Origins of West Coast
The West Coast system originated with Bill Walsh. While the West Coast system is now much more broad than what Walsh ran, the bones of the moniker are timing-based passing systems that are designed to stretch the field horizontally. There is an emphasis on short throws that act as an extension of the running game. The pass game is predicated on timing and steadily moves the ball down the field while controlling the tempo of the game and giving the potential for a big play.
West Coast Philosophy
Instead of using the run to set up the pass, the West Coast system utilizes the running backs in the short passing game to spread defenses out. They then later take deep shots and run the ball. Walsh’s system based out of two running back sets, but the modern West Coast system has evolved to more diverse formations. Slants, crossing routes, and flat routes are huge in the West Coast offense. Speed and accuracy are key. You need athletic linemen, versatile receivers with the ball in their hand, and a quarterback that is efficient and accurate underneath.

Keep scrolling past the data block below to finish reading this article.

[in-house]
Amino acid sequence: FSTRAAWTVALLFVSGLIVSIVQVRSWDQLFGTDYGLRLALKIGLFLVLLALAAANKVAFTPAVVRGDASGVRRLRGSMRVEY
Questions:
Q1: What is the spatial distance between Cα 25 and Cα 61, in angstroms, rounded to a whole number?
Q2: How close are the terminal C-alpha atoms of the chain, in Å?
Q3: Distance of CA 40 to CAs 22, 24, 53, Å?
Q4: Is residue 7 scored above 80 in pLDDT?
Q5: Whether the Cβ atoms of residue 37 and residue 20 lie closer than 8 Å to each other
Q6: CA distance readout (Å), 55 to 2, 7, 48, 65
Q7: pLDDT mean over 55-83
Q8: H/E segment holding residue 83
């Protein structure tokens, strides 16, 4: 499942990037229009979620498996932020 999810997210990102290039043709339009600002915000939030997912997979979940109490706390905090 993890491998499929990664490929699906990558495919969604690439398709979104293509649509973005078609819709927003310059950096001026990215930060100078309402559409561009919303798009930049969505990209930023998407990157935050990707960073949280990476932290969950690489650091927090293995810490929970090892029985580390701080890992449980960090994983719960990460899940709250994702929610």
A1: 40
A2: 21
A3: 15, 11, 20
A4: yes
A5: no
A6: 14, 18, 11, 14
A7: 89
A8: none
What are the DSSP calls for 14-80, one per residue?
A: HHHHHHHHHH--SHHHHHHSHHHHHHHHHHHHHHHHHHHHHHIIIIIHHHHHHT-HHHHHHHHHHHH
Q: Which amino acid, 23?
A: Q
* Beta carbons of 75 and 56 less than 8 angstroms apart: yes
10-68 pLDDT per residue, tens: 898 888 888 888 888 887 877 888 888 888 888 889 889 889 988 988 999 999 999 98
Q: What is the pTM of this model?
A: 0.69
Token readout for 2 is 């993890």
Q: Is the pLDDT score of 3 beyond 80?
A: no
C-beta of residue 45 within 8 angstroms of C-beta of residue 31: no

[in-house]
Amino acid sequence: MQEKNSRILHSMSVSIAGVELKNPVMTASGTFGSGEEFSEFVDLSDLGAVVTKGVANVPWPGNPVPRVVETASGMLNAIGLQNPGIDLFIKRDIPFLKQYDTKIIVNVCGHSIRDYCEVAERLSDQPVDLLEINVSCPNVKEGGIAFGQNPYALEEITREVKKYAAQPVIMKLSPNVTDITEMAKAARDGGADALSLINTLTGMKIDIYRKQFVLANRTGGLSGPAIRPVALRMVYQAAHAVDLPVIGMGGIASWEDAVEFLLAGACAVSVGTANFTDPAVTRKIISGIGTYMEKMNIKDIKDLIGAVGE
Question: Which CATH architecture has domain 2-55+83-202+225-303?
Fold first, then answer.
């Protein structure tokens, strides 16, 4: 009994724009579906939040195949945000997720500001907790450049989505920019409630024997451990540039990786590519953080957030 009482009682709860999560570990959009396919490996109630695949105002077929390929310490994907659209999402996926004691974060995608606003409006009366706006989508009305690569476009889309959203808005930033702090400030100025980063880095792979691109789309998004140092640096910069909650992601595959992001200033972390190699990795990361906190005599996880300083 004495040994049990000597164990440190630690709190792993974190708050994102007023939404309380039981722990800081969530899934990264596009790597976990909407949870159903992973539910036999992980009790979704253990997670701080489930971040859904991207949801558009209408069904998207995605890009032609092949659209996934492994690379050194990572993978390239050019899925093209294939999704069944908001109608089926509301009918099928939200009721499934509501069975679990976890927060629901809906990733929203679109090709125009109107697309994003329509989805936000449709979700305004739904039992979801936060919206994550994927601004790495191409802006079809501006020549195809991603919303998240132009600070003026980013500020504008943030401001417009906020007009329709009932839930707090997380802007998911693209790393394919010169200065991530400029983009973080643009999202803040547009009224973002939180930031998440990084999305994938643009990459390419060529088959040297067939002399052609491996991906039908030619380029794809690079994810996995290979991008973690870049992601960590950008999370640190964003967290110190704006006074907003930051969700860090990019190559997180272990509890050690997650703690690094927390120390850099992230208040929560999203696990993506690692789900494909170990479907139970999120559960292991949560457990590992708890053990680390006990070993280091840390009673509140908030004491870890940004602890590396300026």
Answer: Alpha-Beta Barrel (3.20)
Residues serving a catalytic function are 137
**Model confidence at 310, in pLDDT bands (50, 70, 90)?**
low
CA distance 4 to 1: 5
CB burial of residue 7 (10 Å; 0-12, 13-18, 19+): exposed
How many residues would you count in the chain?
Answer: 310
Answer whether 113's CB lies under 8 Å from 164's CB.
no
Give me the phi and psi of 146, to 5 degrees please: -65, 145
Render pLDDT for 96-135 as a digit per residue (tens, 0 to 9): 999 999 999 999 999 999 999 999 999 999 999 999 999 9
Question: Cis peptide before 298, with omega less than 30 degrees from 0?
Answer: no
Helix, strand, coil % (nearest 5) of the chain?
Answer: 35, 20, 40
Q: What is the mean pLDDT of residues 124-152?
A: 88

West Coast Examples
West Coast offenses love to use concepts like Lion and Dragon to get the ball into the hands of the receiver while they’re on the move. They’re short and timing based to get the ball out of the quarterback’s hands and give a high completion percentage.
A popular run concept in the West Coast offense is the draw. It works off of the passing emphasis and space that the pass game creates while putting linebackers in pass/run conflict.
The West Coast offense predicates itself on efficiency and accuracy. It gets the ball into receivers hands on the move and utilizes the threat of the pass to set up the run. Many offenses now use West Coast principles and Walsh’s system continues to have a lasting impact.